Ida Vogel; Olav Bjørn Petersen; Rikke Christensen; Jon Hyett; Stina Lou; Else Marie Vestergaard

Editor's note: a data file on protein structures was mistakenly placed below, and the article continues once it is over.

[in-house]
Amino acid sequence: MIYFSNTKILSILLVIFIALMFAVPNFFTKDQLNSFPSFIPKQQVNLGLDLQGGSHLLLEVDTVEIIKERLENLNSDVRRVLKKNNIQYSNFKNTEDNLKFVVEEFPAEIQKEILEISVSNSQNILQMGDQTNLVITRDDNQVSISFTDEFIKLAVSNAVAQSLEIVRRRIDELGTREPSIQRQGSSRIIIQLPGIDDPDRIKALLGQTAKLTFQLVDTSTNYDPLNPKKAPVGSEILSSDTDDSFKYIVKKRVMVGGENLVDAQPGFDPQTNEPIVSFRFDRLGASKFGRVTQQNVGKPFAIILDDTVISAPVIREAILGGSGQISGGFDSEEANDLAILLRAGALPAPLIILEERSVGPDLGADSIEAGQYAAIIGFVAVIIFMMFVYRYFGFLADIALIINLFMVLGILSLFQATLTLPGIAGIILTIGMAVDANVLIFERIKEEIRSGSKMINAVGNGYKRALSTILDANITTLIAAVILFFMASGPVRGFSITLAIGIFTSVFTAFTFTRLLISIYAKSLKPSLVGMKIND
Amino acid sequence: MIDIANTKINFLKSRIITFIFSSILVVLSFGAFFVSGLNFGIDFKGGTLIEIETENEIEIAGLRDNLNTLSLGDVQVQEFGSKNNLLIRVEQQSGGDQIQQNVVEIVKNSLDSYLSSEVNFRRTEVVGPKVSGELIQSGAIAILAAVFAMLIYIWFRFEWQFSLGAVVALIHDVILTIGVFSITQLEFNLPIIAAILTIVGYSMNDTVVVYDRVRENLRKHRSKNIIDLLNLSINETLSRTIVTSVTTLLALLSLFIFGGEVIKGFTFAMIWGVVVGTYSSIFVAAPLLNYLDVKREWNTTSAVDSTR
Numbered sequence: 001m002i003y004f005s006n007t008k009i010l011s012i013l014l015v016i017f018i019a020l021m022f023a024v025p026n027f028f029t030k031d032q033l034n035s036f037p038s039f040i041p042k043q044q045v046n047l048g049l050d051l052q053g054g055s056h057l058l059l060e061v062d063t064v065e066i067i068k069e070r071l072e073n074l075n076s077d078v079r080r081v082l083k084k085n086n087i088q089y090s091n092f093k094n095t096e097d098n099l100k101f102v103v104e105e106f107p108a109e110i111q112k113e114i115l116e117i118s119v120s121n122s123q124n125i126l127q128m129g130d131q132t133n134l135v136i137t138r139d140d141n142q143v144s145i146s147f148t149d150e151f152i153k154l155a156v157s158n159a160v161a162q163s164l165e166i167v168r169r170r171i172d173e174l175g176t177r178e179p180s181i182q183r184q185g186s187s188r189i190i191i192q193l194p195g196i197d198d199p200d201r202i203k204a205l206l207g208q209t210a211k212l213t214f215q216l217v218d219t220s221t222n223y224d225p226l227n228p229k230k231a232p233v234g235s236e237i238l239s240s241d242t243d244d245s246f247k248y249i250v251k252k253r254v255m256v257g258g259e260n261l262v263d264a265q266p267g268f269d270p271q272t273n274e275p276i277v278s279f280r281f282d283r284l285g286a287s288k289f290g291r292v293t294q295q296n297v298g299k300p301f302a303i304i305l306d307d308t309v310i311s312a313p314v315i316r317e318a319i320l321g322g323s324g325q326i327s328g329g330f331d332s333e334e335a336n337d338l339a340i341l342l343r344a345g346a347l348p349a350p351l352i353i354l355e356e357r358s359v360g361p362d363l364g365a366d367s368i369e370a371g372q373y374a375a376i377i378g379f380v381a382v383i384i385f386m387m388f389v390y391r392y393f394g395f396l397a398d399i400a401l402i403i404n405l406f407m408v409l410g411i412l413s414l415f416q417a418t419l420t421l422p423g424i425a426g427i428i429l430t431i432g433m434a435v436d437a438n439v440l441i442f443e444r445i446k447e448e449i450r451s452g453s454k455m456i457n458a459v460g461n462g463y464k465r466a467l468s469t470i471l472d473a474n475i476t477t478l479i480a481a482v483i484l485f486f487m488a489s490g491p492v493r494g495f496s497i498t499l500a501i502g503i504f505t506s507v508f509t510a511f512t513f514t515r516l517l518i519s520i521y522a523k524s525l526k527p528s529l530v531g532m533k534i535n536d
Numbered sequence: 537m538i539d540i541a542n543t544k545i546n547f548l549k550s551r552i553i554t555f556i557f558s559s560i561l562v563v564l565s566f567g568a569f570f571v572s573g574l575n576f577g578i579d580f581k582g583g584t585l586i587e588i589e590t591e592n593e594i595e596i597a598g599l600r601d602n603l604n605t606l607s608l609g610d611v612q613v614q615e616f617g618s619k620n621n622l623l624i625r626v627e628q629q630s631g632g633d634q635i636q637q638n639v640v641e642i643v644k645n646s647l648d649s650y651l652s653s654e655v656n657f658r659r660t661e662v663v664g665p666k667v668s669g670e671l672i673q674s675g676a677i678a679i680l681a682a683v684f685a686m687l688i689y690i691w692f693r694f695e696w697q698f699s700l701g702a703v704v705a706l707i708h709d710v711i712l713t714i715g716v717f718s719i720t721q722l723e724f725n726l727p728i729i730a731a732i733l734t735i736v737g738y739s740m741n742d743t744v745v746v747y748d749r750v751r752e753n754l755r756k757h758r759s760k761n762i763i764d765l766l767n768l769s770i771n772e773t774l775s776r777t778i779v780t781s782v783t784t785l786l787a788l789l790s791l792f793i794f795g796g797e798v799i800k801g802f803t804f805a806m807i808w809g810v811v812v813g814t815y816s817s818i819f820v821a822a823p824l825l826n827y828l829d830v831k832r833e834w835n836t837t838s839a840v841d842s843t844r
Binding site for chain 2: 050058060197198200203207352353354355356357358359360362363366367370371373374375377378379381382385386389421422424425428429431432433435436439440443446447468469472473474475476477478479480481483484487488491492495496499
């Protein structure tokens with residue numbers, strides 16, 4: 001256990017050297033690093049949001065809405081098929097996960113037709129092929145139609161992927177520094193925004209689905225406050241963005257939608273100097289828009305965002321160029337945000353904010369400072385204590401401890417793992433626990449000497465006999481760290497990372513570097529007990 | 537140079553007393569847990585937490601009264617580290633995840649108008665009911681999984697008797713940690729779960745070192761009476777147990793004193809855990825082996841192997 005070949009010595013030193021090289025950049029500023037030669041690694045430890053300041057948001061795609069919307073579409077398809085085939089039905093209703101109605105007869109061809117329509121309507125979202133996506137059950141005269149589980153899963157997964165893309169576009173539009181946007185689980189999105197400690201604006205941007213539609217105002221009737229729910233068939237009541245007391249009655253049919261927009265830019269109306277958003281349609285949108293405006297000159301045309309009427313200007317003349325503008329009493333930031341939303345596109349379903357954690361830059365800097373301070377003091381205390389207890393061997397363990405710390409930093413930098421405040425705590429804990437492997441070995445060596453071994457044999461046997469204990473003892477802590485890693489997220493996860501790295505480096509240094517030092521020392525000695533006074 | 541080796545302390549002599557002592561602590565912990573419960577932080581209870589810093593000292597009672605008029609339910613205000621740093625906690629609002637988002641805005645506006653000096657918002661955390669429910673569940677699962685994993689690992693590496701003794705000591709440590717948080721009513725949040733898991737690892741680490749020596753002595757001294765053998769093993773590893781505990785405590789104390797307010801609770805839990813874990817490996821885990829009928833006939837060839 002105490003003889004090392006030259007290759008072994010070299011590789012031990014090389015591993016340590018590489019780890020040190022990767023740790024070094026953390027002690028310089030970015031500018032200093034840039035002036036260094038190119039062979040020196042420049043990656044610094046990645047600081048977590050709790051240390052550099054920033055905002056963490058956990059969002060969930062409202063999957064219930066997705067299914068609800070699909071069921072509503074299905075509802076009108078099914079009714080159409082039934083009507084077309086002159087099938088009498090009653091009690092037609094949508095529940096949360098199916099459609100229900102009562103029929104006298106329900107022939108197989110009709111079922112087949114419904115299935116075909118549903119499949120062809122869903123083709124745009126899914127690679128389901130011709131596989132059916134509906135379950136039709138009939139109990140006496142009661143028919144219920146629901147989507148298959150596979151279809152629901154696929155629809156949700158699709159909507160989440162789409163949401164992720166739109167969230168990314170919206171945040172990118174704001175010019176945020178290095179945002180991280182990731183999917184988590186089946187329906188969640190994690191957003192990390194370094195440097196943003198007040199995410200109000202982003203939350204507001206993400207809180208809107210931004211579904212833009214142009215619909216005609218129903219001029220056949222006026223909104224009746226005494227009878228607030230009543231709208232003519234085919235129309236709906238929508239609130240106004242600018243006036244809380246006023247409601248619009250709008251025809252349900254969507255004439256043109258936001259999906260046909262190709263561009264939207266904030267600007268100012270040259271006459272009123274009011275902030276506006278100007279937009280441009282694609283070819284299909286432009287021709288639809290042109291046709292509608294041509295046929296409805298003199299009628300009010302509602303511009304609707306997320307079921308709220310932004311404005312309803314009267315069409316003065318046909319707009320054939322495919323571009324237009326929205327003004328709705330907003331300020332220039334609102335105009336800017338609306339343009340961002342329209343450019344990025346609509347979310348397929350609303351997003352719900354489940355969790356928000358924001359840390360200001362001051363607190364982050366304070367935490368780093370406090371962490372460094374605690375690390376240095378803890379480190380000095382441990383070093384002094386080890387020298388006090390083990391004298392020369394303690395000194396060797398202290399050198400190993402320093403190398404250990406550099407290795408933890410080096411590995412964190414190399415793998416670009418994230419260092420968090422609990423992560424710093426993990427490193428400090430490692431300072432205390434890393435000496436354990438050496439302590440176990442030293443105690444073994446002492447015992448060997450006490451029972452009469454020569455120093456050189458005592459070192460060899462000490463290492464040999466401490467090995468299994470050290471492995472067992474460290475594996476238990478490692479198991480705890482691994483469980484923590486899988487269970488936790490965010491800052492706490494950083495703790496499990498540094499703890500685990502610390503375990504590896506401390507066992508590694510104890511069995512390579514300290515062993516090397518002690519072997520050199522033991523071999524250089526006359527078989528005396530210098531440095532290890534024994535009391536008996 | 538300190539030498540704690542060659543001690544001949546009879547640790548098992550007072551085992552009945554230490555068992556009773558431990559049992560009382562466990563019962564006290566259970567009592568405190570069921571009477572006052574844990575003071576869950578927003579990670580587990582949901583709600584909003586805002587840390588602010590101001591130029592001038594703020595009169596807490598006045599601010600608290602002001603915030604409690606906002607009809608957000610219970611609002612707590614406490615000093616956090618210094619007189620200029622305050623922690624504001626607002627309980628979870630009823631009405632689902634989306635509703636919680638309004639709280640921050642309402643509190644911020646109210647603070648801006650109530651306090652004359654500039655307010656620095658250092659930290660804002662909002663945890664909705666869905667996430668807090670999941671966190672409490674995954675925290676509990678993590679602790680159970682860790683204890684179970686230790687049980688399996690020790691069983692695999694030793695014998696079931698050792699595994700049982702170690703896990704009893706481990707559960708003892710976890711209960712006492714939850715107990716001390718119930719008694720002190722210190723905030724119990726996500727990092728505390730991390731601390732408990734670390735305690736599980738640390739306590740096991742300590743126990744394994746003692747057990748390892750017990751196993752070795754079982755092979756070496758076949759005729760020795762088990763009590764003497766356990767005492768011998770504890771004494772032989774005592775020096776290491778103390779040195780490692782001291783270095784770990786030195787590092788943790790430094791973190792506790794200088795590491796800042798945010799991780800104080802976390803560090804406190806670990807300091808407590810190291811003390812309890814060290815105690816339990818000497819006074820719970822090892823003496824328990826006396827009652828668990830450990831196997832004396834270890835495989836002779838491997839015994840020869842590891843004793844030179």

OBJECTIVE: To evaluate the impact of using high-resolution chromosomal microarray (CMA) as the standard diagnostic approach to examine for genomic imbalances in pregnancies with increased risk (risk higher than 1:300) defined through combined first trimester screening (cFTS). METHODS: A cohort of 575 consecutive pregnancies that had cFTS risk higher than 1:300 through a publicly funded population based screening program in the Central and Northern Regions of Denmark between September 2015 and September 2016. Women with an NT larger than 3.5 mm or opting for NIPT were excluded. Comparative genomic hybridization was performed using a 180 K oligonucleotide array on DNA extracted directly from samples. Genomic outcomes are reported in relation to cFTS findings. RESULTS: 22 cases (22/575, 3.8%; 95% CI: 2.5-5.7%) of trisomy 21, 18 and 13 were detected. A further 14 cases (14/575, 2.4%; 95% CI: 1.4-4.0%) of other types of aneuploidy were detected as well as 15 (15/575, 2.6%: 95% CI: 1.5-4.3%) cases with a pathogenic or likely pathogenic copy number variant (CNV). Reducing the cFTS risk threshold for invasive diagnostic testing to 1 in 100 or 1 in 50 would have led, respectively, to 60% or 100% of the pathogenic CNVs being missed. CONCLUSION: CMA is a valuable diagnostic technique that can identify an increased number of genomic aberrations in pregnancies at increased risk after cFTS. Limiting diagnostic testing to pregnancies with a risk above 1:100 or 1:50, as proposed in contingent NIPT/invasive testing models, will lead to a significant proportion of pathogenic CNVs being missed at first trimester screening.
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